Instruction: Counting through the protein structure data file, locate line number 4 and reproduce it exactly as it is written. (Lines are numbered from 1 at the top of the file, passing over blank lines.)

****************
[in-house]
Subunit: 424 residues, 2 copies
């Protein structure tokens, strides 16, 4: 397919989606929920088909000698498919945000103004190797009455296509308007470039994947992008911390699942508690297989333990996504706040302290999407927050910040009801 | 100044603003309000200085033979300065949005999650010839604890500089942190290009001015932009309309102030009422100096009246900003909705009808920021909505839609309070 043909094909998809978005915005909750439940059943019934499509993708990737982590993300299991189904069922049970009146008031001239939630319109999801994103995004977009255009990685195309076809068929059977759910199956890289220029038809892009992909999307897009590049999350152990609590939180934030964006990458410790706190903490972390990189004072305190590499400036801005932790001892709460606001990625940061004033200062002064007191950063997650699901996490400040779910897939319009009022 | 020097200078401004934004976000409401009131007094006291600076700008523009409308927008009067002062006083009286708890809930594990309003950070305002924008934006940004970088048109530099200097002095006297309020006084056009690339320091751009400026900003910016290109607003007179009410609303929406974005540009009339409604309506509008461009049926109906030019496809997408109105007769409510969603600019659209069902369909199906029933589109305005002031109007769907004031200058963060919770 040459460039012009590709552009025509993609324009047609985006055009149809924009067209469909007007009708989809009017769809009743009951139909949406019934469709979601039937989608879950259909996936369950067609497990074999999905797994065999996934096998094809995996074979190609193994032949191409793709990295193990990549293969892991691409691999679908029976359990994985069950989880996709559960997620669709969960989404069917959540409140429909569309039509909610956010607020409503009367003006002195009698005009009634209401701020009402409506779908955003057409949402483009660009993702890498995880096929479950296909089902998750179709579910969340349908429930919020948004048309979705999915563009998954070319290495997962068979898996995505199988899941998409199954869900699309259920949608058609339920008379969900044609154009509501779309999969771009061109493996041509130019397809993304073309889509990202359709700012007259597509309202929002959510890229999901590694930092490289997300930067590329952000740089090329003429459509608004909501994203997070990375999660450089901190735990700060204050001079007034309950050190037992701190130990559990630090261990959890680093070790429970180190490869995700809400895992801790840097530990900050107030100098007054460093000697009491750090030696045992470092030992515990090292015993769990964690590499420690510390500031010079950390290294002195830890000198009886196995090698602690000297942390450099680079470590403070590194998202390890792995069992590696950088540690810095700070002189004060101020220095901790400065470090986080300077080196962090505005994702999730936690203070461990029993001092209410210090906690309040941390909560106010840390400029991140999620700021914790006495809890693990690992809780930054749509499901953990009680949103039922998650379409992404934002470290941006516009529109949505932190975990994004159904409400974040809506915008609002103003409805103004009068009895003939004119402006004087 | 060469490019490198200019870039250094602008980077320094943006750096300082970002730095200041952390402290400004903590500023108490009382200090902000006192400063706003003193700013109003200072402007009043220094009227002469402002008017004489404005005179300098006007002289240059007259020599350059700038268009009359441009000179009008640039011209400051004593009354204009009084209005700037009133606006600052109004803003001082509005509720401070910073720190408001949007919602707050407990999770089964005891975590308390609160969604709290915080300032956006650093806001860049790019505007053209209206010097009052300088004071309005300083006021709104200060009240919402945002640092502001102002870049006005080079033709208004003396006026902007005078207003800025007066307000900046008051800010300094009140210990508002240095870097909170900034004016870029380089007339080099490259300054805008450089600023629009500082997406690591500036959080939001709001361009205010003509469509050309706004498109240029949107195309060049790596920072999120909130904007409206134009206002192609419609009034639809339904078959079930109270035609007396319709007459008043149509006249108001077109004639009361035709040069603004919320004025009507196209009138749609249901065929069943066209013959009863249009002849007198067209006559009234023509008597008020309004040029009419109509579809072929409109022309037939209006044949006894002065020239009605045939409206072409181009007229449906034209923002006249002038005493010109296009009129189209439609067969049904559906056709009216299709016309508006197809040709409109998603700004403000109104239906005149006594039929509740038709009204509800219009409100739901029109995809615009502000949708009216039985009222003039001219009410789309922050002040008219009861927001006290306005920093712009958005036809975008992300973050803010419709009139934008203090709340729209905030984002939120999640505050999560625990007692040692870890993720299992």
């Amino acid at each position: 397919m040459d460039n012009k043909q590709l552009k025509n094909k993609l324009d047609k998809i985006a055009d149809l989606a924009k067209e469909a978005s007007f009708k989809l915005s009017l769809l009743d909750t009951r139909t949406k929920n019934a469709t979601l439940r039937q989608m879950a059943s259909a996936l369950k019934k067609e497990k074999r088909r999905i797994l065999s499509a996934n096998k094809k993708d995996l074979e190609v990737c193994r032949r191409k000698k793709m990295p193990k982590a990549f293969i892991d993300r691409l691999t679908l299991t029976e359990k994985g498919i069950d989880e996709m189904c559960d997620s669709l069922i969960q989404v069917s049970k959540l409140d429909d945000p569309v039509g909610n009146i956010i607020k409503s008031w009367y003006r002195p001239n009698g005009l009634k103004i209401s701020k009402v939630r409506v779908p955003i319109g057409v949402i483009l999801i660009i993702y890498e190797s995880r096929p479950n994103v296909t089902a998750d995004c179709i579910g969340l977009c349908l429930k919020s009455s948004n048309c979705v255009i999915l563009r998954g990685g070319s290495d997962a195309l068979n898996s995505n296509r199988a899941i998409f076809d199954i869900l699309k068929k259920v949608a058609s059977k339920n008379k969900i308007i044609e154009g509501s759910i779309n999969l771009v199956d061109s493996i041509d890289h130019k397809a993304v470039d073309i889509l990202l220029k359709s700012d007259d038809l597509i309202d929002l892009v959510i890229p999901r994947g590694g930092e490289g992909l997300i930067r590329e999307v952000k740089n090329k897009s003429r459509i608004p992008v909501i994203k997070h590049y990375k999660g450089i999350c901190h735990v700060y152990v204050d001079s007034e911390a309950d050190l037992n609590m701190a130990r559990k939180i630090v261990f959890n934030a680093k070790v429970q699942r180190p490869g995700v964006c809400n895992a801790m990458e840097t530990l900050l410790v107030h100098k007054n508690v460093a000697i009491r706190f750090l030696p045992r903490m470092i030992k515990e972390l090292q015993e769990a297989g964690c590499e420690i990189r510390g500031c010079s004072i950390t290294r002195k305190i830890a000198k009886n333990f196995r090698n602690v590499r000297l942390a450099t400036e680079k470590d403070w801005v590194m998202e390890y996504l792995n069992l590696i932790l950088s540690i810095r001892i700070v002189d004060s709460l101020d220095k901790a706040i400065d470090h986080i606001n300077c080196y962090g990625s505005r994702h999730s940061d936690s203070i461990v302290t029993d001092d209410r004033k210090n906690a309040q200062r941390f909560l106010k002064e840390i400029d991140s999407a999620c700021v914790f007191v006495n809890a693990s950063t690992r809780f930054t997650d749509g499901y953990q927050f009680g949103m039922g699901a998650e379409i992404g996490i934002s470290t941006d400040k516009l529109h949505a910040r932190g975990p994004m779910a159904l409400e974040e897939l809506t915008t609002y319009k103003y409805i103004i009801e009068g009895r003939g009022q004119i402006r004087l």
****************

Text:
């Amino acid at each position: 397919m040459d460039n012009k043909q590709l552009k025509n094909k993609l324009d047609k998809i985006a055009d149809l989606a924009k067209e469909a978005s007007f009708k989809l915005s009017l769809l009743d909750t009951r139909t949406k929920n019934a469709t979601l439940r039937q989608m879950a059943s259909a996936l369950k019934k067609e497990k074999r088909r999905i797994l065999s499509a996934n096998k094809k993708d995996l074979e190609v990737c193994r032949r191409k000698k793709m990295p193990k982590a990549f293969i892991d993300r691409l691999t679908l299991t029976e359990k994985g498919i069950d989880e996709m189904c559960d997620s669709l069922i969960q989404v069917s049970k959540l409140d429909d945000p569309v039509g909610n009146i956010i607020k409503s008031w009367y003006r002195p001239n009698g005009l009634k103004i209401s701020k009402v939630r409506v779908p955003i319109g057409v949402i483009l999801i660009i993702y890498e190797s995880r096929p479950n994103v296909t089902a998750d995004c179709i579910g969340l977009c349908l429930k919020s009455s948004n048309c979705v255009i999915l563009r998954g990685g070319s290495d997962a195309l068979n898996s995505n296509r199988a899941i998409f076809d199954i869900l699309k068929k259920v949608a058609s059977k339920n008379k969900i308007i044609e154009g509501s759910i779309n999969l771009v199956d061109s493996i041509d890289h130019k397809a993304v470039d073309i889509l990202l220029k359709s700012d007259d038809l597509i309202d929002l892009v959510i890229p999901r994947g590694g930092e490289g992909l997300i930067r590329e999307v952000k740089n090329k897009s003429r459509i608004p992008v909501i994203k997070h590049y990375k999660g450089i999350c901190h735990v700060y152990v204050d001079s007034e911390a309950d050190l037992n609590m701190a130990r559990k939180i630090v261990f959890n934030a680093k070790v429970q699942r180190p490869g995700v964006c809400n895992a801790m990458e840097t530990l900050l410790v107030h100098k007054n508690v460093a000697i009491r706190f750090l030696p045992r903490m470092i030992k515990e972390l090292q015993e769990a297989g964690c590499e420690i990189r510390g500031c010079s004072i950390t290294r002195k305190i830890a000198k009886n333990f196995r090698n602690v590499r000297l942390a450099t400036e680079k470590d403070w801005v590194m998202e390890y996504l792995n069992l590696i932790l950088s540690i810095r001892i700070v002189d004060s709460l101020d220095k901790a706040i400065d470090h986080i606001n300077c080196y962090g990625s505005r994702h999730s940061d936690s203070i461990v302290t029993d001092d209410r004033k210090n906690a309040q200062r941390f909560l106010k002064e840390i400029d991140s999407a999620c700021v914790f007191v006495n809890a693990s950063t690992r809780f930054t997650d749509g499901y953990q927050f009680g949103m039922g699901a998650e379409i992404g996490i934002s470290t941006d400040k516009l529109h949505a910040r932190g975990p994004m779910a159904l409400e974040e897939l809506t915008t609002y319009k103003y409805i103004i009801e009068g009895r003939g009022q004119i402006r004087l």